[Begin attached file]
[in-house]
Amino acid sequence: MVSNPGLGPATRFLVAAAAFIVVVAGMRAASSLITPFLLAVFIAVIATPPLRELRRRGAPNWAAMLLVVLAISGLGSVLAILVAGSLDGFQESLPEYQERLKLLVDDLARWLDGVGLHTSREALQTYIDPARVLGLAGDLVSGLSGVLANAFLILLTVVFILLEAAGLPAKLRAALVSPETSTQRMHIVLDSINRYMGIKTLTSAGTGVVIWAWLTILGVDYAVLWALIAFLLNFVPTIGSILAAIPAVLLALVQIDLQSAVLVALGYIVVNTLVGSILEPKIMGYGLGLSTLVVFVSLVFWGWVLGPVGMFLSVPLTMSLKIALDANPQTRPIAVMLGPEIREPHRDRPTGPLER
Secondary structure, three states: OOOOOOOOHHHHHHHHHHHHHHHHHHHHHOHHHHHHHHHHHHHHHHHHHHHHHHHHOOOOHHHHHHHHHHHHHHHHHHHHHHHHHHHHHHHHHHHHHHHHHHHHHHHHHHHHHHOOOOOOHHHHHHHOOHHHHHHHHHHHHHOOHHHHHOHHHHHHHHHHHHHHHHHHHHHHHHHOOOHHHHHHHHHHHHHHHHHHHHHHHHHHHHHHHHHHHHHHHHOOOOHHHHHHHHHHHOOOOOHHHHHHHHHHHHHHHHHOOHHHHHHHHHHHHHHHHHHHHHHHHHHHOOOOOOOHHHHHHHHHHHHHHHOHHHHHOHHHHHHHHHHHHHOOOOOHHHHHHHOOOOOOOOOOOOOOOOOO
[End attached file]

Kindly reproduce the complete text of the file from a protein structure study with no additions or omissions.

[in-house]
Amino acid sequence: MVSNPGLGPATRFLVAAAAFIVVVAGMRAASSLITPFLLAVFIAVIATPPLRELRRRGAPNWAAMLLVVLAISGLGSVLAILVAGSLDGFQESLPEYQERLKLLVDDLARWLDGVGLHTSREALQTYIDPARVLGLAGDLVSGLSGVLANAFLILLTVVFILLEAAGLPAKLRAALVSPETSTQRMHIVLDSINRYMGIKTLTSAGTGVVIWAWLTILGVDYAVLWALIAFLLNFVPTIGSILAAIPAVLLALVQIDLQSAVLVALGYIVVNTLVGSILEPKIMGYGLGLSTLVVFVSLVFWGWVLGPVGMFLSVPLTMSLKIALDANPQTRPIAVMLGPEIREPHRDRPTGPLER
Secondary structure, three states: OOOOOOOOHHHHHHHHHHHHHHHHHHHHHOHHHHHHHHHHHHHHHHHHHHHHHHHHOOOOHHHHHHHHHHHHHHHHHHHHHHHHHHHHHHHHHHHHHHHHHHHHHHHHHHHHHHOOOOOOHHHHHHHOOHHHHHHHHHHHHHOOHHHHHOHHHHHHHHHHHHHHHHHHHHHHHHHOOOHHHHHHHHHHHHHHHHHHHHHHHHHHHHHHHHHHHHHHHHOOOOHHHHHHHHHHHOOOOOHHHHHHHHHHHHHHHHHOOHHHHHHHHHHHHHHHHHHHHHHHHHHHOOOOOOOHHHHHHHHHHHHHHHOHHHHHOHHHHHHHHHHHHHOOOOOHHHHHHHOOOOOOOOOOOOOOOOOO